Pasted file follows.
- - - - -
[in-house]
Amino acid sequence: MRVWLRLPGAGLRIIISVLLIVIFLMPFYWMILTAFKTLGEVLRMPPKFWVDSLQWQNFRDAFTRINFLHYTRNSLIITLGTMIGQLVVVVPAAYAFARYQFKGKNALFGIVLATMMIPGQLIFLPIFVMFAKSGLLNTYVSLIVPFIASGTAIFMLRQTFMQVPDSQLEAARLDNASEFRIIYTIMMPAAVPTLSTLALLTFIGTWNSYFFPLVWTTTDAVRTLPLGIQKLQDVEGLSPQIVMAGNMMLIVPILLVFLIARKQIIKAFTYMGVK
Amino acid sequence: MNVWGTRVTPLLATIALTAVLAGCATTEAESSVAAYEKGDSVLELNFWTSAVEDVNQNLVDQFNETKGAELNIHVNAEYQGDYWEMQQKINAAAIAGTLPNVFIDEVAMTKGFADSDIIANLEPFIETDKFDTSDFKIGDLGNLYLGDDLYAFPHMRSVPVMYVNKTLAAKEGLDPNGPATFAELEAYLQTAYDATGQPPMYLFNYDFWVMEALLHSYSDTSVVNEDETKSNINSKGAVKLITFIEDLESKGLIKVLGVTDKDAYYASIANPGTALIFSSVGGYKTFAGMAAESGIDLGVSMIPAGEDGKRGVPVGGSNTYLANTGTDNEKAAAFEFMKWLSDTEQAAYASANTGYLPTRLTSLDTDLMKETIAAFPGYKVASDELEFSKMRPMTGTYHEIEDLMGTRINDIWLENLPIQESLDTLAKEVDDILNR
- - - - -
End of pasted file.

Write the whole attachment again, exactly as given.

[in-house]
Amino acid sequence: MRVWLRLPGAGLRIIISVLLIVIFLMPFYWMILTAFKTLGEVLRMPPKFWVDSLQWQNFRDAFTRINFLHYTRNSLIITLGTMIGQLVVVVPAAYAFARYQFKGKNALFGIVLATMMIPGQLIFLPIFVMFAKSGLLNTYVSLIVPFIASGTAIFMLRQTFMQVPDSQLEAARLDNASEFRIIYTIMMPAAVPTLSTLALLTFIGTWNSYFFPLVWTTTDAVRTLPLGIQKLQDVEGLSPQIVMAGNMMLIVPILLVFLIARKQIIKAFTYMGVK
Amino acid sequence: MNVWGTRVTPLLATIALTAVLAGCATTEAESSVAAYEKGDSVLELNFWTSAVEDVNQNLVDQFNETKGAELNIHVNAEYQGDYWEMQQKINAAAIAGTLPNVFIDEVAMTKGFADSDIIANLEPFIETDKFDTSDFKIGDLGNLYLGDDLYAFPHMRSVPVMYVNKTLAAKEGLDPNGPATFAELEAYLQTAYDATGQPPMYLFNYDFWVMEALLHSYSDTSVVNEDETKSNINSKGAVKLITFIEDLESKGLIKVLGVTDKDAYYASIANPGTALIFSSVGGYKTFAGMAAESGIDLGVSMIPAGEDGKRGVPVGGSNTYLANTGTDNEKAAAFEFMKWLSDTEQAAYASANTGYLPTRLTSLDTDLMKETIAAFPGYKVASDELEFSKMRPMTGTYHEIEDLMGTRINDIWLENLPIQESLDTLAKEVDDILNR